Nov 27, 2020

Hair Texture Changes 101

The good, the bad, and the ugly ... when it comes to hair texture changes, we've got you covered

Hair texture can change for a lot of different reasons, probably more than we can fit in a single blog post. That being said, here are the highlights:

Your hair is getting older

Hair isn't indestructible, and it doesn't last forever. If you've noticed that your ends are a heck of a lot thinner or duller than your roots, well, that's pretty much par for the course.

Each of your individual hair strands has what you can think of as a built-in expiration date. They're all, eventually, released by your scalp. This isn't breakage or damage -- it's totally natural, and everyone experiences it. You've probably just never noticed it before because there are always enough new hairs growing in to divert attention away from the empty follicles.

So that's one reason why hair can look differently textured at the ends -- it's lost some density. But what about reductions in shine and curl?

Besides having a built-in expiration date, hair becomes weathered as it gets older. To illustrate -- let's say you straighten your hair a hundred times a year, and have been doing so for five years. If you look at the oldest parts of your hair (AKA your ends), they might look pretty fried -- after all, they've undergone a thousand straightenings. But if you look at a part of your hair that's close to your roots, it'll have gone through maybe only two or three hundred straightenings, and will have accumulated less damage.

Even if you don't straighten your hair two hundred times a year, your hair will still become damaged over time, be it by sunlight, water, shampoo, aggressive brushing, whatever. 'Tis destiny.

You're getting older

...And speaking of aging, here's another hard truth. Like it or not, the hair that you grow at age 60 might not look like the hair that you grew at age 20.

As we age, our hair follicles produce less sebum (your hair and skin's built-in moisturizing system), causing hair to become finer and less bouncy. BUT, this hair texture also dries more quickly after a wash and can hold some hairstyles for longer than before. If that's not a silver lining (pun intended), then we don't know what is.

Your environment changed it

Environment is huge, y'all. If you move to a place with hard water, you might find that your hair becomes more tangly and less manageable. And if you visit a humid location, you could experience a serious case of the frizzies. Fortunately, a lot of these changes go away if you leave the problematic environment -- your frizzies will almost certainly depart with the humidity, and the unmanageability of hard water will go away after a few soft-water showers.

Other changes can't be so quickly undone. If you live in Hawaii and your hair has been damaged from years of sun and salt-water exposure, moving to Alaska won't make your damage magically go away. Instead, you'll have to invest in some serious restoration and do your best to curtail future damage.

Something within your body has changed

Sometimes a change in hair texture is how your body tells you that something needs your attention. For example, people who are chronically malnourished typically grow hair that's thinner and frailer than people who are able to consume a full and healthy diet. The same goes for individuals who misuse alcohol: chronic alcohol use can lead to chronic dehydration as well as malnourishment. We also see this in individuals who use illicit substances -- stimulants such as cocaine and methamphetamine have been linked to hair loss and damage to the hair's structure.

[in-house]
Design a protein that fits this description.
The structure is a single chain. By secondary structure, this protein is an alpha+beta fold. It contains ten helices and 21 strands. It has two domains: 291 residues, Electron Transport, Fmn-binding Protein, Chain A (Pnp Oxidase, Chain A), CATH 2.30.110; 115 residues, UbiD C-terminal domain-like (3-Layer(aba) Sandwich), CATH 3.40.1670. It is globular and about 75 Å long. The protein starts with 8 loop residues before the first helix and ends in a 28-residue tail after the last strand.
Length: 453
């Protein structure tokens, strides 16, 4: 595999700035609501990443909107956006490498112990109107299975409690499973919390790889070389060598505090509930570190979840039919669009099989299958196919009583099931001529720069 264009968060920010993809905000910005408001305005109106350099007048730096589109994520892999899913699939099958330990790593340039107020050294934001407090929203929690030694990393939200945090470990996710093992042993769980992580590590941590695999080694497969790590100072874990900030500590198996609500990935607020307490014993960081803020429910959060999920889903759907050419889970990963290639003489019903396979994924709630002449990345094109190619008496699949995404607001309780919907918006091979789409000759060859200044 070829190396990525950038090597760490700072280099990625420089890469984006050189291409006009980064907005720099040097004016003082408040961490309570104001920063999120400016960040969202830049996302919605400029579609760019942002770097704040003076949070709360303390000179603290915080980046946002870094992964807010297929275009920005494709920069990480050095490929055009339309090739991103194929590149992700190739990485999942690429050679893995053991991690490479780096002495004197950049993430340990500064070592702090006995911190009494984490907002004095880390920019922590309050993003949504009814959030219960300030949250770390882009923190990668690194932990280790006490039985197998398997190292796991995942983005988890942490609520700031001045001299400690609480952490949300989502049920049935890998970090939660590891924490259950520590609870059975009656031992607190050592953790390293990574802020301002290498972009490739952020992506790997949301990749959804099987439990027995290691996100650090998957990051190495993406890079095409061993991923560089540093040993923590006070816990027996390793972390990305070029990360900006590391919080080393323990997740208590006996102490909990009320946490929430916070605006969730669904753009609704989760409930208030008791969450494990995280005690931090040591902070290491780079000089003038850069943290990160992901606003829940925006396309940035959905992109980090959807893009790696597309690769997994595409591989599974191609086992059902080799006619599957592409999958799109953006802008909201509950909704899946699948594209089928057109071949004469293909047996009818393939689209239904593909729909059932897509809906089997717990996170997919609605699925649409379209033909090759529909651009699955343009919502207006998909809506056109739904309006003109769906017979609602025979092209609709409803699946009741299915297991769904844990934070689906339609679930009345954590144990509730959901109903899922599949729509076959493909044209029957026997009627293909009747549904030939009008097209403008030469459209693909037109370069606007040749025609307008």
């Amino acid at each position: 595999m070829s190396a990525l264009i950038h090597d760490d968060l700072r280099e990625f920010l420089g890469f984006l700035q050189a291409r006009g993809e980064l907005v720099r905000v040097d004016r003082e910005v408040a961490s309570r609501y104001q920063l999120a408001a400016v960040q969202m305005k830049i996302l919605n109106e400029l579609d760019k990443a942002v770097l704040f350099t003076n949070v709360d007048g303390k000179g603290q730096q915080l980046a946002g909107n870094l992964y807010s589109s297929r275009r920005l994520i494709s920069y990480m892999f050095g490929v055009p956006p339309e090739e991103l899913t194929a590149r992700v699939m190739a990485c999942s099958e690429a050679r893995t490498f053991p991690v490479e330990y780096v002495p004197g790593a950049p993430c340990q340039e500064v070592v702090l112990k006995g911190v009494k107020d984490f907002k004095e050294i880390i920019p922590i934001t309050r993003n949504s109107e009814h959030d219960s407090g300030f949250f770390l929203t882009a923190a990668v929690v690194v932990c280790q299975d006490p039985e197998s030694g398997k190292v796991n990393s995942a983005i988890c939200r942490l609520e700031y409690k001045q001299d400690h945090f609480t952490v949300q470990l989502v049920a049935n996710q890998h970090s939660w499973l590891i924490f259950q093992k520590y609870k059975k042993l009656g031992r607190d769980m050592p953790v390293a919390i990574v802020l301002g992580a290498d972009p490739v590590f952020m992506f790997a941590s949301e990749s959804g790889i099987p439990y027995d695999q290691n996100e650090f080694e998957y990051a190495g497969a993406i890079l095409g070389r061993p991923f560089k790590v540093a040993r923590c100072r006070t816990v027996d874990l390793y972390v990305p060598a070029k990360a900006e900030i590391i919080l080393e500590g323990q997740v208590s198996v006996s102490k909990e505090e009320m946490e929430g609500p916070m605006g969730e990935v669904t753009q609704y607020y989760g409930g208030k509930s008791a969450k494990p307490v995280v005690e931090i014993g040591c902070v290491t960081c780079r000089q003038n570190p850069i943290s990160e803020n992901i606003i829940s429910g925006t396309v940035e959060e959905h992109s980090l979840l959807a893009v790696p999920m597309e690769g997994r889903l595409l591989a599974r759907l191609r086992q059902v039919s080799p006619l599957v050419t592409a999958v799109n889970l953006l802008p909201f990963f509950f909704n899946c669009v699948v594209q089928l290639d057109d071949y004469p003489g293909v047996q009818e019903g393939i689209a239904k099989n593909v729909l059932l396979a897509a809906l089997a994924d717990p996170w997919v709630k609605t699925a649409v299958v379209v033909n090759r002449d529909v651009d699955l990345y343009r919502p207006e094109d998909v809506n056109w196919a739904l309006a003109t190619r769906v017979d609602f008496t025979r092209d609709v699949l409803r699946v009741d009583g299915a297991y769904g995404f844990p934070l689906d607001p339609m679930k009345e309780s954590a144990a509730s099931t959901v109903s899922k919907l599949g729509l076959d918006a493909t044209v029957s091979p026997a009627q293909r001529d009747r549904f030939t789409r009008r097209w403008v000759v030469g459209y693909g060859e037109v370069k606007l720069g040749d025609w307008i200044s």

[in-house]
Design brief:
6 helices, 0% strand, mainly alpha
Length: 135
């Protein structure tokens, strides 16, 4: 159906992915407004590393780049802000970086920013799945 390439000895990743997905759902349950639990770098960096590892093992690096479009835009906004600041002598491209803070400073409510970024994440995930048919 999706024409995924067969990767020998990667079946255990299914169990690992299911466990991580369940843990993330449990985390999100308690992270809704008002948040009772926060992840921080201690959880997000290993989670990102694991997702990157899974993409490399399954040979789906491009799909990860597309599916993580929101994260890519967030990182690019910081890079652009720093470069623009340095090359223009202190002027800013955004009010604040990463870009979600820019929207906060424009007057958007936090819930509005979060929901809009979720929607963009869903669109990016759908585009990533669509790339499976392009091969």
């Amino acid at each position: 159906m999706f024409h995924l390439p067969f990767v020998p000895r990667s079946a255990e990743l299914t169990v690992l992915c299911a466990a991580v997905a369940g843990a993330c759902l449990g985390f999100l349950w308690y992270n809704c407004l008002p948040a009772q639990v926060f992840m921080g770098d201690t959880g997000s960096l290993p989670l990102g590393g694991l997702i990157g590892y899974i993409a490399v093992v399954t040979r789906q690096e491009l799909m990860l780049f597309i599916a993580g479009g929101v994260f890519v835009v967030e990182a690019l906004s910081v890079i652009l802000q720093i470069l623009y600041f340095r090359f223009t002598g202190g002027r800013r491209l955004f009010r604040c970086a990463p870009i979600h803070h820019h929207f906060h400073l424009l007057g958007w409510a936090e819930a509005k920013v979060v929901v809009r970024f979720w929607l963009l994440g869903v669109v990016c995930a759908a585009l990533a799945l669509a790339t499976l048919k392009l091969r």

But because hair growth is pretty slow, these changes might only be evident several weeks after the biological change has occurred -- still, we recommend getting checked out by a doctor ASAP if you think there might be an internal reason for your hair's change.

You changed it on purpose

Intentionally changing your hair texture goes way beyond perming, relaxing, et cetera. To illustrate -- if you've ever washed your hair because it felt limp and greasy, you've purposefully changed the texture of your hair. The same goes for if you've ever conditioned your hair, or gotten a blowout.

Sure -- a lot of these activities are done for temporary effect. Every time you wash your hair, you have the expectation that it will get oily again. Every time you straighten your hair, you know that as soon as it gets wet it'll go back to its natural state. Even when you relax or otherwise permanently alter the interior structure of your hair, you still have the knowledge that more of your natural hair will keep growing out of your scalp.

Our point is that hair is a pretty darn flexible entity, which is totally awesome. Being able to change your hair texture whenever you darn well please to make it align with the style you want to share with the world is pretty cool, no?

Thirsty for more hair knowledge? Here's what to check out next:

How Often Should You Brush Your Hair?

We talked to the experts to find out

Living With An Oily Scalp + Dry Ends

#unfair, right?

How Long Does It Take For Hair To Grow Back?

How long does it take for hair to grow back after a bad cut?

Is Hair Alive?

The answer might be a little more complicated than you thought 👀

Caroline Schmidt